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Management of a challenging dura-embedded anterior inferior cerebellar artery loop during a retrosigmoid hearing-preserving vestibular schwannoma resection: microsurgical technique and operative video. Illustrative case

Jaime L. Martínez Santos, Robert C. Sterner, and Mustafa K. Başkaya

BACKGROUND

Anatomical variants of the anterior inferior cerebellar artery (AICA), such as an anomalous “AICA loop” embedded in the dura and bone of the subarcuate fossa, increase the complexity and risk of vestibular schwannoma resections. Classically, osseous penetrating AICA loops are the most challenging to mobilize, as the dura must be dissected and the surrounding petrous bone must be drilled to mobilize the AICA away from the surgical corridor and out of harm.

OBSERVATIONS

The authors present a rare case of a dura-embedded, osseous-penetrating AICA loop encountered during a hearing-preserving retrosigmoid approach in which they demonstrate safe and efficient microdissection and mobilization of the AICA loop without having to drill the surrounding bone.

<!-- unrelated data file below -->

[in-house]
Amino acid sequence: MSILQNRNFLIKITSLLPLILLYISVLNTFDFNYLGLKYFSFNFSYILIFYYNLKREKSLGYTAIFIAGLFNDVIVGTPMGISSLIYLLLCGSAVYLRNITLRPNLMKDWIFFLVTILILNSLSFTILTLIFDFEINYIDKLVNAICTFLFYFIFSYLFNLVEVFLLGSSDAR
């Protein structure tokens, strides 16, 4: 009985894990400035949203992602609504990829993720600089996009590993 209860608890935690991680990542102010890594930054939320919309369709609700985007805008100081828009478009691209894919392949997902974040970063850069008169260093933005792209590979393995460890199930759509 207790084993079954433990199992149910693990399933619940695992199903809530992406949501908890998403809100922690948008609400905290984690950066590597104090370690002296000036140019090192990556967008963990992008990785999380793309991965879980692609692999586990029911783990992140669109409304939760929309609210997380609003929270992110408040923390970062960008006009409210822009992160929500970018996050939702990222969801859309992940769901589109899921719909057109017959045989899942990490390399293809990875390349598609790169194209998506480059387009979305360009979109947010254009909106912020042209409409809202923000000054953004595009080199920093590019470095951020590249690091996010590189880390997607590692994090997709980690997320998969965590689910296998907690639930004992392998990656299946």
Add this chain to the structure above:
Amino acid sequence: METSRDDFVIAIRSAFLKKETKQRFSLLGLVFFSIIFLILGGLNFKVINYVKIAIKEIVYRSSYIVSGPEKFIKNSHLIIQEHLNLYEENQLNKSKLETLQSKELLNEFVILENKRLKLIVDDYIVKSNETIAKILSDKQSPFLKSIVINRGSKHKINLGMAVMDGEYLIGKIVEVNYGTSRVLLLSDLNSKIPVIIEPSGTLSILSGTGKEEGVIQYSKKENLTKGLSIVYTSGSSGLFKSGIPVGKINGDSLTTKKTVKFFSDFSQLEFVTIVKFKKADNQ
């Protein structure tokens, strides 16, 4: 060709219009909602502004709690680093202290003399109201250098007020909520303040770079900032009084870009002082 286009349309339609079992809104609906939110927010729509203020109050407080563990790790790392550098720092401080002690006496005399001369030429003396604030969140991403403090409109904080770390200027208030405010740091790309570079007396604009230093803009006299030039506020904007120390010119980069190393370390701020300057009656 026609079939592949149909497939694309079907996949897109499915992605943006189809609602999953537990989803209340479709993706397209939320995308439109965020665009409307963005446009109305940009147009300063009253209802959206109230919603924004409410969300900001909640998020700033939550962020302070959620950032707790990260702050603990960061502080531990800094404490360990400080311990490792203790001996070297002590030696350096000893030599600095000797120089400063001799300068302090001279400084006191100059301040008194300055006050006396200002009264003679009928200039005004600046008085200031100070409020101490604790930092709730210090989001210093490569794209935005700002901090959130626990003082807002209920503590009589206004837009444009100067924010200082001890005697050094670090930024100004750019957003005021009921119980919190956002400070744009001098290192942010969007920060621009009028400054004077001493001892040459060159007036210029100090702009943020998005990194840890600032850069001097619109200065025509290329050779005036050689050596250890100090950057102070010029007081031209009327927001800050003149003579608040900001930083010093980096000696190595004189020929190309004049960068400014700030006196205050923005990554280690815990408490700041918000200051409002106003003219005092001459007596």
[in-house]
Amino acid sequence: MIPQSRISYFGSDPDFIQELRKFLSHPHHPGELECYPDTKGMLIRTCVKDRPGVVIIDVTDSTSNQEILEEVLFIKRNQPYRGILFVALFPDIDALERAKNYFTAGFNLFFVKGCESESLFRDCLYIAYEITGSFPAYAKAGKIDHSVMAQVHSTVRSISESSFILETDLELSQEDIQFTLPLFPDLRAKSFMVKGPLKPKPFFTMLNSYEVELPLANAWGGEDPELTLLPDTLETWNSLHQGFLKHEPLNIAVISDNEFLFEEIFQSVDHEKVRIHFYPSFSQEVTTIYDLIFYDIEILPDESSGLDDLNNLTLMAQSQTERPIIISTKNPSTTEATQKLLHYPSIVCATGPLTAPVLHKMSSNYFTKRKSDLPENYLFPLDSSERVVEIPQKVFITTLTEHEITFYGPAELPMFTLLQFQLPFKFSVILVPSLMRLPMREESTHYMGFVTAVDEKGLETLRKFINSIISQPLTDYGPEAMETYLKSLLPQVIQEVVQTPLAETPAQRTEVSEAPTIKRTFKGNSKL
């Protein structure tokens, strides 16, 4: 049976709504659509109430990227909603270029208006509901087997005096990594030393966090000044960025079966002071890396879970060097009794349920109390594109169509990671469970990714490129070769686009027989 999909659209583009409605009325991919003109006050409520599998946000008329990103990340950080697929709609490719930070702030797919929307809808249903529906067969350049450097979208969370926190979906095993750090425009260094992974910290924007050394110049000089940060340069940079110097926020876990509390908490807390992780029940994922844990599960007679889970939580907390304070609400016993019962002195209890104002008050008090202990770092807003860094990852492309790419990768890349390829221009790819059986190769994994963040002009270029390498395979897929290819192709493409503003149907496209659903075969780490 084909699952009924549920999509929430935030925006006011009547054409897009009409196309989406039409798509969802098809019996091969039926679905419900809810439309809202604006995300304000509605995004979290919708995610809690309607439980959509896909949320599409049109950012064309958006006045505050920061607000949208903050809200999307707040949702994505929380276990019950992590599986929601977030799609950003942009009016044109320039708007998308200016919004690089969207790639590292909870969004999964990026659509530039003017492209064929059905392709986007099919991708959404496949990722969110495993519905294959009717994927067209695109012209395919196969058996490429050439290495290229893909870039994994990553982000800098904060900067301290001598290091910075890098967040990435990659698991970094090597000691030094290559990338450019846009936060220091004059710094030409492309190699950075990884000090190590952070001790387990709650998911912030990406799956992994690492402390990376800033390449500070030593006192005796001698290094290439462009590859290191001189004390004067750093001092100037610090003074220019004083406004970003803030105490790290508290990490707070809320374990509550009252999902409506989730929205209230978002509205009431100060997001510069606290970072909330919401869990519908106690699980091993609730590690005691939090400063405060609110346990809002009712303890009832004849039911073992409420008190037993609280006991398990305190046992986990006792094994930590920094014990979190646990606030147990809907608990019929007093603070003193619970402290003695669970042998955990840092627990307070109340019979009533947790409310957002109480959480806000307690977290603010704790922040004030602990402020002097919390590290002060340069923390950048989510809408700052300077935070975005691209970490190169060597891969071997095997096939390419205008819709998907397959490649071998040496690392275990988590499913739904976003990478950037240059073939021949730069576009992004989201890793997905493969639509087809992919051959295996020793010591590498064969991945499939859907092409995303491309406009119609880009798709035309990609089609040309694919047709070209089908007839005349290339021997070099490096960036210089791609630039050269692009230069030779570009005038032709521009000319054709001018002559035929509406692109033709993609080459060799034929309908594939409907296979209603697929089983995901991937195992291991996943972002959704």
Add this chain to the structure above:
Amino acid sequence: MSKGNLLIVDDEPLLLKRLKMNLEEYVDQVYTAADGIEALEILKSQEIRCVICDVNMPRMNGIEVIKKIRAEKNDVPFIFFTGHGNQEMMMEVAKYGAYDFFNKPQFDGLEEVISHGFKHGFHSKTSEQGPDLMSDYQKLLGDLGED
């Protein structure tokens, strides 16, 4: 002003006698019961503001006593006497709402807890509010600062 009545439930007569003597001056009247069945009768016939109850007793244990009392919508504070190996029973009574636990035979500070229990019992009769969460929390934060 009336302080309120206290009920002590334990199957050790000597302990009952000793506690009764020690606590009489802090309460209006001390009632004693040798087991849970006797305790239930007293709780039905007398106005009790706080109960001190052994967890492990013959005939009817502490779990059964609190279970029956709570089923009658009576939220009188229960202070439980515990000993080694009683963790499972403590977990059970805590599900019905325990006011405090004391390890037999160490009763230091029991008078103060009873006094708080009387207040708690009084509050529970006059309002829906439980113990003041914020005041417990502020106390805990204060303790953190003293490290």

LESSONS

Although preoperative recognition of potentially dangerous AICA loops has been challenging, thin-sliced petrous bone computed tomography scanning and high-quality magnetic resonance imaging can be useful in preoperative diagnosis. Furthermore, this report suggests that a retrosigmoid approach is superior, as it allows early intradural recognition and proximal vascular control and facilitates more versatile mobilization of AICA loops.

Open access

Ondine’s curse: clinical presentation with diaphragmatic pacing and spontaneous respiratory recovery. Illustrative case

Alexander J. Schupper, Alex Devarajan, Dong-Seok Lee, Enrique Perez, and Raj K. Shrivastava

BACKGROUND

The complexity of posterior fossa surgery can often lead to rare complications due to the anatomy involved. Vestibular schwannoma resection is a common pathology in the posterior fossa, often requiring surgical intervention. Given the proximity of this space to the brainstem, cranial nerve VII/VIII complex, and posterior inferior cerebellar artery (PICA), neurovascular complications are not infrequent. A rare vascular complication from this surgical approach is a lateral medullary infarction from injury to the lateral medullary segment of the proximal PICA, leading to central hypoventilation syndrome (CHS).

OBSERVATIONS

This report presents a unique case of a 51-year-old man who underwent a retrosigmoid craniectomy for resection of a vestibular schwannoma. Following surgery, the patient was unable to be weaned off the ventilator and was noted to become apneic while he slept, a clinical picture consistent with Ondine’s curse.

LESSONS

This report discusses the anatomical considerations of this surgical corridor leading to this complication and the management of a patient with acquired Ondine’s curse and reviews the scarce literature on this uncommon cause of acquired CHS.